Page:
Fearing their approaching death, patients deliberately focus on living in the present. Active (chemotherapy) treatment facilitates this focus, regardless of the perceived side-effects. However, if anxiety for what lies ahead is the underlying reason for treatment, efforts should be made in assisting patients to find other ways to cope with this fear. Simultaneously, such an approach may reduce the use of burdensome and sometimes costly treatment in the last stage of life.


Major advances in the treatment of cancer characterize the past two decades. An increasing number of treatment options (chemotherapy, endocrine therapy, targeted therapy) in the palliative phase of cancer have become available; some with improved tolerability and therefore available to more general use in cancer patients, also for those in relatively poor condition [1]. Surviving well beyond 2–3 years after diagnosis of advanced disease in chemotherapy responsive tumors (e.g. breast- or colorectal cancer) has become the rule rather than the exception [2], [3]. In the medical community, starting chemotherapy in the palliative phase of cancer for these types of cancer is therefore often considered an ‘obvious thing to do’ and the standard in many oncology guidelines [4].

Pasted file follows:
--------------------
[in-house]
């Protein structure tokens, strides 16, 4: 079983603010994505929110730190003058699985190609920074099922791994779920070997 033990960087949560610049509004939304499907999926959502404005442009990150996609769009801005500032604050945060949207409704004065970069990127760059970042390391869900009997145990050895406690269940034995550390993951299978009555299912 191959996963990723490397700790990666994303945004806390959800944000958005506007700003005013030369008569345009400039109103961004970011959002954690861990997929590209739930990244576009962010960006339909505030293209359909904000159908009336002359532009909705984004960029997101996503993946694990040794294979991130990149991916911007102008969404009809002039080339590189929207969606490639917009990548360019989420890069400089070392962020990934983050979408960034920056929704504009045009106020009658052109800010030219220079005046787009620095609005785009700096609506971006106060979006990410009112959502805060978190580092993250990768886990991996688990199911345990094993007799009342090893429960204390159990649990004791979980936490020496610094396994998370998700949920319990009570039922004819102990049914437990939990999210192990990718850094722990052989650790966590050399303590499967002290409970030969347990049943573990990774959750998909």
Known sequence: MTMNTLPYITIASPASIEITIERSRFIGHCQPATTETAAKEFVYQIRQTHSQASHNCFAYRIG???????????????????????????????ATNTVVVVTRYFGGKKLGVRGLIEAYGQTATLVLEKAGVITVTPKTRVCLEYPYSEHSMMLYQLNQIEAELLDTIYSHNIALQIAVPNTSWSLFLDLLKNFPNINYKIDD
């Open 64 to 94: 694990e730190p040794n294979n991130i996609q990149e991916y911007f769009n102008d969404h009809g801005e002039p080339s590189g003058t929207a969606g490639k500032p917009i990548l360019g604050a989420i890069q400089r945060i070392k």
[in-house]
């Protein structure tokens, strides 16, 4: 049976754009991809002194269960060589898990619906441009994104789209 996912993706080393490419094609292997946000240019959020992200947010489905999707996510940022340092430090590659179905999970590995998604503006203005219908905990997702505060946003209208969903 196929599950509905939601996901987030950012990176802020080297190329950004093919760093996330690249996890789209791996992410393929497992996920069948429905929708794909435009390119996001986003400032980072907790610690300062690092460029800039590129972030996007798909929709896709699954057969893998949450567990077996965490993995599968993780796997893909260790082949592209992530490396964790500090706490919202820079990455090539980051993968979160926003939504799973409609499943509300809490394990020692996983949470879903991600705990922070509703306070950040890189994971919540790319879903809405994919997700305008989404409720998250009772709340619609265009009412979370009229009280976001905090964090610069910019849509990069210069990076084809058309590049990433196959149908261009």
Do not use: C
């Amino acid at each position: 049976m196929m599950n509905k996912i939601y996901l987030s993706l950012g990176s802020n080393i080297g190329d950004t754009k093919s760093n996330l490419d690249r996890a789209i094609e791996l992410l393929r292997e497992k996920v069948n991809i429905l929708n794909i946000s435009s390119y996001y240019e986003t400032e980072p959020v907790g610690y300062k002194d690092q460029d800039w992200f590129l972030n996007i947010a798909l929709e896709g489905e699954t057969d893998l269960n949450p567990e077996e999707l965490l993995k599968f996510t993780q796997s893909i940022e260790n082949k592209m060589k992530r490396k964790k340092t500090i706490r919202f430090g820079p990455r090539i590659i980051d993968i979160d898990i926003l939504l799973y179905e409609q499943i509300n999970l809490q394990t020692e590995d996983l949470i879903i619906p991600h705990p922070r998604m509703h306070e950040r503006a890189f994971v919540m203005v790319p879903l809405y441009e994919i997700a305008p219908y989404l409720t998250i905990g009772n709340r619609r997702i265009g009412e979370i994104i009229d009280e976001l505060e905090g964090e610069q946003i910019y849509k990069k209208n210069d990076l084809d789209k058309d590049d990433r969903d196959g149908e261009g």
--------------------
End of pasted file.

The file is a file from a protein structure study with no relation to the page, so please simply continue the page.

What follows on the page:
Survival benefit, however, is not always the (most) appropriate care goal [5], [6]. Chemotherapy is given to delay tumor-related symptoms but may also involve serious side effects and – when death approaches - hinder patients to prepare themselves for death. In addition, second and third line chemotherapy in many malignancies have a limited likelihood of response and only modest improvement in (progression-free) survival, if any [7]. As a result, treatment advances have also confronted physicians with dilemmas concerning the appropriateness of (further) treatment. Chemotherapy in the last weeks/months of life has been described as a potential indicator of inappropriate use of chemotherapy [8]. The trend towards increased use of chemotherapy in the last stage of life [9][11] accordingly sparked a debate as to whether physicians should offer such potentially burdensome treatment. Yet, evidence-based information to assess the appropriateness of treatment is scarce and most of the studies originate from the US/Canada. Furthermore, the debate is primarily held at a policy level. On an individual patient level, perceptions towards the appropriateness of treatment may be different. Unfortunately, the patients’ perspective is largely unknown.